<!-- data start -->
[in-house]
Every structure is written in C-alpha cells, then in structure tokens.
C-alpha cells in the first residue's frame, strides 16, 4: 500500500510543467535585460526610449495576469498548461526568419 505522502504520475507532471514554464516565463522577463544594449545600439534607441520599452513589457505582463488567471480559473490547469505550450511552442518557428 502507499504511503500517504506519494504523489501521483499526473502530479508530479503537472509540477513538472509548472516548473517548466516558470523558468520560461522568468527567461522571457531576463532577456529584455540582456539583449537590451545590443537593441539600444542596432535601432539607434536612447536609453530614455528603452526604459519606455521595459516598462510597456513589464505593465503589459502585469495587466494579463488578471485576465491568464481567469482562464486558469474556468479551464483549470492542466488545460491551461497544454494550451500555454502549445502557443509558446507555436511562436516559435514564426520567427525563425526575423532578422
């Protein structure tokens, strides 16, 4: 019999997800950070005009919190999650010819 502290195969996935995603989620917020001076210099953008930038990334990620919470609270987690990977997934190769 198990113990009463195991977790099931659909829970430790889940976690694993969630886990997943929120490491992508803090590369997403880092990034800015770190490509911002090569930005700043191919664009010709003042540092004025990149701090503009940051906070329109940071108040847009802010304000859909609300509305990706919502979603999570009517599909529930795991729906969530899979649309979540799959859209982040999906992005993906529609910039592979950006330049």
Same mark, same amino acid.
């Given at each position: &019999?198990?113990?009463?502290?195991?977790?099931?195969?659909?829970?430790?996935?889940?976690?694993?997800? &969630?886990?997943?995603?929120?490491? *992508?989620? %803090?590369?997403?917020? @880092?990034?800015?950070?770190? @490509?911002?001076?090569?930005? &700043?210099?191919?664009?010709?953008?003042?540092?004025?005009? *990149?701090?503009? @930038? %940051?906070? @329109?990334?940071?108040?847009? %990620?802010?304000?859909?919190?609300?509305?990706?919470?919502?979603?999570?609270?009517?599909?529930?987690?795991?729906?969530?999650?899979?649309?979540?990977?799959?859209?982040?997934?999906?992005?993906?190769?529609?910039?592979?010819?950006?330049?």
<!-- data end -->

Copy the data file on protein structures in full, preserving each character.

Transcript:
[in-house]
Every structure is written in C-alpha cells, then in structure tokens.
C-alpha cells in the first residue's frame, strides 16, 4: 500500500510543467535585460526610449495576469498548461526568419 505522502504520475507532471514554464516565463522577463544594449545600439534607441520599452513589457505582463488567471480559473490547469505550450511552442518557428 502507499504511503500517504506519494504523489501521483499526473502530479508530479503537472509540477513538472509548472516548473517548466516558470523558468520560461522568468527567461522571457531576463532577456529584455540582456539583449537590451545590443537593441539600444542596432535601432539607434536612447536609453530614455528603452526604459519606455521595459516598462510597456513589464505593465503589459502585469495587466494579463488578471485576465491568464481567469482562464486558469474556468479551464483549470492542466488545460491551461497544454494550451500555454502549445502557443509558446507555436511562436516559435514564426520567427525563425526575423532578422
């Protein structure tokens, strides 16, 4: 019999997800950070005009919190999650010819 502290195969996935995603989620917020001076210099953008930038990334990620919470609270987690990977997934190769 198990113990009463195991977790099931659909829970430790889940976690694993969630886990997943929120490491992508803090590369997403880092990034800015770190490509911002090569930005700043191919664009010709003042540092004025990149701090503009940051906070329109940071108040847009802010304000859909609300509305990706919502979603999570009517599909529930795991729906969530899979649309979540799959859209982040999906992005993906529609910039592979950006330049």
Same mark, same amino acid.
């Given at each position: &019999?198990?113990?009463?502290?195991?977790?099931?195969?659909?829970?430790?996935?889940?976690?694993?997800? &969630?886990?997943?995603?929120?490491? *992508?989620? %803090?590369?997403?917020? @880092?990034?800015?950070?770190? @490509?911002?001076?090569?930005? &700043?210099?191919?664009?010709?953008?003042?540092?004025?005009? *990149?701090?503009? @930038? %940051?906070? @329109?990334?940071?108040?847009? %990620?802010?304000?859909?919190?609300?509305?990706?919470?919502?979603?999570?609270?009517?599909?529930?987690?795991?729906?969530?999650?899979?649309?979540?990977?799959?859209?982040?997934?999906?992005?993906?190769?529609?910039?592979?010819?950006?330049?």